Interval running, the practice of alternating periods of running and walking, is quickly becoming a routine sight on sidewalks and running paths around the world.
Once primarily used as a way to build up to continuous running, the interval approach has become a running style in and of itself. I know lots of runners who choose to use the run/walk interval style as a way of running, even though they could run the whole distance if they wanted to.
For beginners, it is a great way to ease into running while allowing your body time to adapt to the stress of running, and for experienced runners, it can allow you to cover greater distances (and sometimes run faster) because you can build small periods of recovery into your run.
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Interval running promotes weight loss and helps burn calories.
Interval running improves your mood and hormonal health. Interval running helps reduce cortisol, notoriously known as the ‘stress hormone’.
Interval running is an effective method to enhance your cardiovascular system and metabolism.
Interval running is an easy way to stay fit and improve your performance as a runner. Depending on your main goals you can choose the type of interval running that fits your better. There are two broad categories of intervals:
With timed intervals you run for a specific period of time and then take time to recover in between each run segment. The recovery time can be as long as your running segment or even a bit longer if needed.
Example: Run for 1 minute; walk for 1 minute
Tools you need for timed intervals: A running watch, An interval timer, or an app for your phone, like the Tabata Timer.
With distance intervals you run a specific distance and then walk or jog for approximately the same time it took you to run the interval. You then repeat this for the duration of your workout until you have completed the total distance you were planning to run.
Example: Run 1 mile; walk 10-15 minutes
Tools you might need: The GPS watch like Garmin Forerunner. It has a lap function that will let you see what pace you have for your distance intervals. A running watch can also help you track your speed per particular distance.
The most popular way of running intervals is running and walking with a timer. There are a lot of great resources and training plans for interval training including our own GetFitFor5k training plan. Basically your workout is broken up into run segments with a short walking segment used for recovery. The length of your running and recovery segment is varied depending on your fitness level or goal.
Here is an example of how this training method works:
The goal is to systematically increase the running portion over time.
Note: If you need some assistance, RunBuzz is here to help! We have programs for any level of running experience inside our PaceBuilders® program.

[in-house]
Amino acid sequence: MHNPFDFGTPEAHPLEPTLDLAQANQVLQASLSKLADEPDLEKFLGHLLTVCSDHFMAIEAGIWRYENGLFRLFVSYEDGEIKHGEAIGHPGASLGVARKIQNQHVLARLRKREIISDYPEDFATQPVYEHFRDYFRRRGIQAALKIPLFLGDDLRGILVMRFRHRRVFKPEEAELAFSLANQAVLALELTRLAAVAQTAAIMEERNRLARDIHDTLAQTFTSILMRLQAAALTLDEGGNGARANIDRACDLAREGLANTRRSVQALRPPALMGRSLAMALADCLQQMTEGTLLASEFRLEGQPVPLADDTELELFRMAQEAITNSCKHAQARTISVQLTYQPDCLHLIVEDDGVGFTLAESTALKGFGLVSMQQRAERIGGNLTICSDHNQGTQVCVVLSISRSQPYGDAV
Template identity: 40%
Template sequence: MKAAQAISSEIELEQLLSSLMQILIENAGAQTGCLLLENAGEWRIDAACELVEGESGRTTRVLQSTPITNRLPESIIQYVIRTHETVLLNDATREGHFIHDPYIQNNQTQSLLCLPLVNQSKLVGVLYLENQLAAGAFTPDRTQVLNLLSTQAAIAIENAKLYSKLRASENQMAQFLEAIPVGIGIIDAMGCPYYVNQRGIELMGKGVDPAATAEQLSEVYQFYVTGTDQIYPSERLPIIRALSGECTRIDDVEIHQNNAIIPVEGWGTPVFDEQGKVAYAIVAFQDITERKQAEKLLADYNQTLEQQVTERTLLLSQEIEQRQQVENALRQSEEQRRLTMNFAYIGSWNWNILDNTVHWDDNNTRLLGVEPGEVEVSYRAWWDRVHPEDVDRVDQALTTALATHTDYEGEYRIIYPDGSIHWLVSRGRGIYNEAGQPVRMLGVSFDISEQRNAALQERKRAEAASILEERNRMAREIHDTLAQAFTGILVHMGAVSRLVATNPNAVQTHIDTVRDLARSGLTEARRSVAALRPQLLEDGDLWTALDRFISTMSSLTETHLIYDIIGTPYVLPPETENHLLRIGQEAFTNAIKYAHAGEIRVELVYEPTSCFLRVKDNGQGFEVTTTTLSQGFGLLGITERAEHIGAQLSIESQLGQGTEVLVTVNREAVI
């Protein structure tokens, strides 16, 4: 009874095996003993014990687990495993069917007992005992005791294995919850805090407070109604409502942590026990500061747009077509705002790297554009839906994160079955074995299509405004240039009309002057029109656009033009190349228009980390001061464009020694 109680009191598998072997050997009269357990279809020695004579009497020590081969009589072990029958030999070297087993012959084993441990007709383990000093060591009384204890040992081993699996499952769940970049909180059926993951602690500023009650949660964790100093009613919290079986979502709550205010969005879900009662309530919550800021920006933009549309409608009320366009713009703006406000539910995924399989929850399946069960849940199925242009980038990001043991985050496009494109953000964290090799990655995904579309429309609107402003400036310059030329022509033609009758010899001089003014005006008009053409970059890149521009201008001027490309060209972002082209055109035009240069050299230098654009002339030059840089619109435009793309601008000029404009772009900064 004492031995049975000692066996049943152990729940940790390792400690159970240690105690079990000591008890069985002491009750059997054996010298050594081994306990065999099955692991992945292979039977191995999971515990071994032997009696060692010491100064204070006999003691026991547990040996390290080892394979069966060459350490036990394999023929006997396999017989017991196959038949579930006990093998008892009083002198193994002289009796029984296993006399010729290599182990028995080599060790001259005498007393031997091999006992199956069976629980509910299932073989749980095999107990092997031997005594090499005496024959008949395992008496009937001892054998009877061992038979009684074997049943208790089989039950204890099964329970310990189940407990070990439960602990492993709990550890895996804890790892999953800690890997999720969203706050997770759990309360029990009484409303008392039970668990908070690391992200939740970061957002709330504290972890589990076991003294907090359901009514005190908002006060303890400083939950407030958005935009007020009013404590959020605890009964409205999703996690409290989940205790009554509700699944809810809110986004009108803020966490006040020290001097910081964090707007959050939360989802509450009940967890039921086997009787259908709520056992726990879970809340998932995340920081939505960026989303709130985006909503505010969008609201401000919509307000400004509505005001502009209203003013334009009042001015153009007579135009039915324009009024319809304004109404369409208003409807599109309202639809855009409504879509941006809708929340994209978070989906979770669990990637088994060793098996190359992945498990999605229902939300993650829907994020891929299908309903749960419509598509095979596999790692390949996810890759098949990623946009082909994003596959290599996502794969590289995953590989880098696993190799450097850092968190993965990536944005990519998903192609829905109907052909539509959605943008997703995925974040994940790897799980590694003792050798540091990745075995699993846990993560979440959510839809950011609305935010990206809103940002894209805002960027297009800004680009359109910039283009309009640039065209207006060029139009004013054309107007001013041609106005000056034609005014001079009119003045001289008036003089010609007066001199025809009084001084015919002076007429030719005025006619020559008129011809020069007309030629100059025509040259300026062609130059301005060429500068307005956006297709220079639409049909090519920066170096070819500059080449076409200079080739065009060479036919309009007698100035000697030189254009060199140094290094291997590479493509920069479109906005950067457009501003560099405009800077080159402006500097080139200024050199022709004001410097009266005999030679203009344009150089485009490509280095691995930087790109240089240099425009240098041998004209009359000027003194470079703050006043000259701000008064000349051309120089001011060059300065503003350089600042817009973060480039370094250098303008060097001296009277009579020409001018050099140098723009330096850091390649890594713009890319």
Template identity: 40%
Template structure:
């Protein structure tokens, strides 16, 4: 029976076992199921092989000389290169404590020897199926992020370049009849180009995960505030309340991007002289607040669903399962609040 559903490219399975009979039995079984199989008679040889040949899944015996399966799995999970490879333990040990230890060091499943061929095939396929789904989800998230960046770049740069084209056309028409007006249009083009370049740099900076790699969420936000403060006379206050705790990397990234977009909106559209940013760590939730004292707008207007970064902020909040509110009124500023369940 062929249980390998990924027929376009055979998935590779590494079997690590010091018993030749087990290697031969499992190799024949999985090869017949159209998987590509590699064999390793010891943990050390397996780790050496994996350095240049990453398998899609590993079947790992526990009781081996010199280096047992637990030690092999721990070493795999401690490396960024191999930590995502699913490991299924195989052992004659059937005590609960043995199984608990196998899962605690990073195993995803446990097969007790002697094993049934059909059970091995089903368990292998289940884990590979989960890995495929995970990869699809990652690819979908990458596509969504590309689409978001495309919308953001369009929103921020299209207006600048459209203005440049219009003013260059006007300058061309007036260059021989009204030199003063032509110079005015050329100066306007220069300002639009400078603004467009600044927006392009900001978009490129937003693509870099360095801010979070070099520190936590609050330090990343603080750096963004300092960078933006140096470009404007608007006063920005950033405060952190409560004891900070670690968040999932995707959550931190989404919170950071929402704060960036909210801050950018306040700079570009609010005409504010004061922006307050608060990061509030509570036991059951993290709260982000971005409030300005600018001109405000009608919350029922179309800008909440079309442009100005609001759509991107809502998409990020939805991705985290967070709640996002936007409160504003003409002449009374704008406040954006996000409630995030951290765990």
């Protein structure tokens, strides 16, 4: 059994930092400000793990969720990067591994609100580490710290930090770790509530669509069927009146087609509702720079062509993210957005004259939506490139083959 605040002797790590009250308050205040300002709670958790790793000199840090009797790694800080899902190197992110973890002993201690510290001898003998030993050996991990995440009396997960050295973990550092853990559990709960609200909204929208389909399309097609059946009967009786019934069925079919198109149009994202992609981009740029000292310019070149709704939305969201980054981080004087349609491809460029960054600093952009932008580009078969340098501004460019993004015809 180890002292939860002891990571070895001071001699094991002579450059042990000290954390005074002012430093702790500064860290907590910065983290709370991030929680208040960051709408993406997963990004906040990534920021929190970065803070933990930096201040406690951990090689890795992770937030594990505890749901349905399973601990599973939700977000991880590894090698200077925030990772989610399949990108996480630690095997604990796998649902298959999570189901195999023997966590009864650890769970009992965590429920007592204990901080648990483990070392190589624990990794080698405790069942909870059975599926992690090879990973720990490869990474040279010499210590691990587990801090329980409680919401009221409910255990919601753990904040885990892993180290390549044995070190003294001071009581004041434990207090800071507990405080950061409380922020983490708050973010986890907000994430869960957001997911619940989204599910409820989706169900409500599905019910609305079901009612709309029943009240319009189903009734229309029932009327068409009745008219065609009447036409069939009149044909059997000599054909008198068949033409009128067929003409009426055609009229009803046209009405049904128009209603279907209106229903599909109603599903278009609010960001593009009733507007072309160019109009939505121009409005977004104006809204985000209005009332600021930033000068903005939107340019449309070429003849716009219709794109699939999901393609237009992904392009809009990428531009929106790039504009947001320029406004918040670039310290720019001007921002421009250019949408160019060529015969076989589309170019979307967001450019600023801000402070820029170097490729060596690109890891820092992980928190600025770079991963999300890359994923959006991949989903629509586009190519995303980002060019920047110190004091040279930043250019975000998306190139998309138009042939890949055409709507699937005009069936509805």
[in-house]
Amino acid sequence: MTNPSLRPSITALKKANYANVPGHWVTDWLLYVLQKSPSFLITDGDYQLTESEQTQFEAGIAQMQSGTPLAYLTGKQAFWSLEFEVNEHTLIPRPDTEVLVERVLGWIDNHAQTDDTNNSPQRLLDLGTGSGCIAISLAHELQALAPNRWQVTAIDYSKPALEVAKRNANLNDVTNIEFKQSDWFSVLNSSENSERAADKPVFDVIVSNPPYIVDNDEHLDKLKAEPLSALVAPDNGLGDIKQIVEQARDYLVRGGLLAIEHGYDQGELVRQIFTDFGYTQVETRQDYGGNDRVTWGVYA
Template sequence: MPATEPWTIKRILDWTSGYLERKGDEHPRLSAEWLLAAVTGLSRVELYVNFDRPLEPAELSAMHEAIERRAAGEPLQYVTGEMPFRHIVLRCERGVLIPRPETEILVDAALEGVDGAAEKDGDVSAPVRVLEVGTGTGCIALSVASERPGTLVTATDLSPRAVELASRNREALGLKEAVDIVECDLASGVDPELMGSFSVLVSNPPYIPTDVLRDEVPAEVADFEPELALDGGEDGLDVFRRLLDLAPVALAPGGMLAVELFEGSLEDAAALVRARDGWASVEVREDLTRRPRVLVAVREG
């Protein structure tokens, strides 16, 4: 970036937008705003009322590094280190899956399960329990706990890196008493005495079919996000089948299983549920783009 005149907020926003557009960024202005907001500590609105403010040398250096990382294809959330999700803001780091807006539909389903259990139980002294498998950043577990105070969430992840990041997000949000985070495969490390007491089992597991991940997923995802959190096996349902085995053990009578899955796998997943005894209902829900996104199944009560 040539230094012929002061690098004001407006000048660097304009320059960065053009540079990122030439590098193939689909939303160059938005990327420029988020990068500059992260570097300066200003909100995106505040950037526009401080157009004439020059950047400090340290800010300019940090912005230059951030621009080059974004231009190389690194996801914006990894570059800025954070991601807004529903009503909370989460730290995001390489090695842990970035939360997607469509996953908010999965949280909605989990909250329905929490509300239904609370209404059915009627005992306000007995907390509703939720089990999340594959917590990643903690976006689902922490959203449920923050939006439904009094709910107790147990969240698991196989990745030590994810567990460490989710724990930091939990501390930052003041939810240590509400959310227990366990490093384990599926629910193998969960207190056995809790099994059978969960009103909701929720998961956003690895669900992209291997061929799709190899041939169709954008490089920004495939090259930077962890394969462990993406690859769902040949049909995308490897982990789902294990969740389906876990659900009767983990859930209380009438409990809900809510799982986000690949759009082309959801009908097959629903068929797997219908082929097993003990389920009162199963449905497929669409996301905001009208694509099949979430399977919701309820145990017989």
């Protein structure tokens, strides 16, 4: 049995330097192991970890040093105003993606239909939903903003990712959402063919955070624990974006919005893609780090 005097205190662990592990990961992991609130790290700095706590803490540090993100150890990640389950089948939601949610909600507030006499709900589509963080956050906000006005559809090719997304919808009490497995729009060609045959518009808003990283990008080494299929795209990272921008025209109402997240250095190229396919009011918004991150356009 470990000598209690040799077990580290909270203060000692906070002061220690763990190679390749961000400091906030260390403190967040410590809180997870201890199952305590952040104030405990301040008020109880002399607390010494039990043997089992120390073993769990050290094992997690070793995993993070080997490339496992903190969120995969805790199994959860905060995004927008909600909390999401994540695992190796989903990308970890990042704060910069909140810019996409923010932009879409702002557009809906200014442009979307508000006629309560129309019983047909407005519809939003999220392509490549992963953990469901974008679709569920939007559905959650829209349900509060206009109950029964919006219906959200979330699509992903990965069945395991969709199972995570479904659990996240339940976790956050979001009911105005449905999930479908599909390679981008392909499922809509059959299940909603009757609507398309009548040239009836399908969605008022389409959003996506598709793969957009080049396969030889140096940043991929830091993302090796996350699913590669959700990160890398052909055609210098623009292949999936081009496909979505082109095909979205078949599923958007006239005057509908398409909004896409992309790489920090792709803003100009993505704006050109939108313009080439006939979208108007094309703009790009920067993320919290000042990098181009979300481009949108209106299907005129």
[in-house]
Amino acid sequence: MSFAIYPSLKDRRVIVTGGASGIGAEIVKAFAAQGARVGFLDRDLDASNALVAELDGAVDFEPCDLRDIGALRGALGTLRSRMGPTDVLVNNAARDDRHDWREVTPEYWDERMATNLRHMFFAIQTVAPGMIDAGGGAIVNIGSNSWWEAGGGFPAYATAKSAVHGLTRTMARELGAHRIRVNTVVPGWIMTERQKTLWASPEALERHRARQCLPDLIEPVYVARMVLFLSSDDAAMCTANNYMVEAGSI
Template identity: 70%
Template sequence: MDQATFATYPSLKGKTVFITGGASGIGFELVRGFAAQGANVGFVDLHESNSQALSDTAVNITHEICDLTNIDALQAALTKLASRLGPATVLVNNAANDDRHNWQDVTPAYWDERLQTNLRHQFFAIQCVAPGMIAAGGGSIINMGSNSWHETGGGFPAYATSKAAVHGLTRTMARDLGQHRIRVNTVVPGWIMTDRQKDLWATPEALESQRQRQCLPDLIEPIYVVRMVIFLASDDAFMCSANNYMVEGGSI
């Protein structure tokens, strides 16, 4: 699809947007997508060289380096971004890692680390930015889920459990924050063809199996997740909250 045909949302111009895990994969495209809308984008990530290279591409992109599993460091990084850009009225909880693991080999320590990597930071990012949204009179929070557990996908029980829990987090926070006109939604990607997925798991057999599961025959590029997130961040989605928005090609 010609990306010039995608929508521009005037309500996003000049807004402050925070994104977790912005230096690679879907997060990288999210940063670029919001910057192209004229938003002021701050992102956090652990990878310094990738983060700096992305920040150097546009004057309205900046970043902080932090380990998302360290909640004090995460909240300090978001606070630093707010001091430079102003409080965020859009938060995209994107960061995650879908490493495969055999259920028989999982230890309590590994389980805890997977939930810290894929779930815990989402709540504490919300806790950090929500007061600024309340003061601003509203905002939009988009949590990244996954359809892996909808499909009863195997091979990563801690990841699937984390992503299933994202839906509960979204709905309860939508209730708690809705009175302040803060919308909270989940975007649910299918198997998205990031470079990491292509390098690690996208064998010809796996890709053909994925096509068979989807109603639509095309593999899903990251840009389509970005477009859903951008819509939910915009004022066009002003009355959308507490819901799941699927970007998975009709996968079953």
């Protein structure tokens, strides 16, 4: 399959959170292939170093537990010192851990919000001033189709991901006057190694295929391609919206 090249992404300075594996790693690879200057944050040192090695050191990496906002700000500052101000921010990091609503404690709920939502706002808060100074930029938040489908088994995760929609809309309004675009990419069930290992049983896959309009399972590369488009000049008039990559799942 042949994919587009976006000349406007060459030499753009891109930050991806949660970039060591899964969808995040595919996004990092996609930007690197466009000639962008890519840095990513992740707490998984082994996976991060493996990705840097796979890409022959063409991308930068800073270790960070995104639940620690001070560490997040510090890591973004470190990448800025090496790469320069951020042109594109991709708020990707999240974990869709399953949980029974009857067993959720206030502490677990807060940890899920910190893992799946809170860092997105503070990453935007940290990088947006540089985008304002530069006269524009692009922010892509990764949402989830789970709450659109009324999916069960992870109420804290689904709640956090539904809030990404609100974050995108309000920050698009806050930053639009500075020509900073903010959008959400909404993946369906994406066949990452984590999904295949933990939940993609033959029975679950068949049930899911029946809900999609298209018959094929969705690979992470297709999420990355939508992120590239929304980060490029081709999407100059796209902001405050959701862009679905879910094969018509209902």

One of the best tools for running intervals is a treadmill. You can find it in every gym and train with comfort regardless of rain and snow, which is such a common excuse for beginners to skip the running session.Here is how you can start with:
When you get comfortable, try to increase the run and sprint intervals and the number of reps.
Note: If this type of interval running is a bit hard for you, start with walking on the treadmill with an incline. Example: Walk 2/10th of a mile at a 5% grade and then walk 2/10ths at a 0% grade.
Running isn’t easy. Even thinking about going for just a short run can be overwhelming, especially for a beginner.
Run-walk intervals can help make running manageable.
Knowing that you only have to run for the next 30 seconds, or minute, or whatever your interval might be is a huge confidence booster. Instead of groaning, “I’ll never make it”, you can affirm, “I can do anything for one more minute.” This can make all the difference between hitting the pavement or staying on the couch.
Rather than running until your legs are exhausted, take walk breaks before your legs are fatigued. This helps keep you going longer and feel better while doing it (bonus: you’ll also feel better the day after).
Because walk intervals give your running muscles a short rest, allowing them to come back refreshed for the next round of running. In other words, they allow you to extend your workout without feeling like you’re going to die.
Here’s an even cooler fact: while it may sound counter-intuitive, most people employing the run-walk approach actually log faster times overall than when they run without taking walk breaks. Thanks to the recovery effect, your pace while running an interval is faster than when you’re running continuously. This speed increase makes up for the slower pace during the walking intervals.
Listen to your body – whatever feels best for you is the best way to run.
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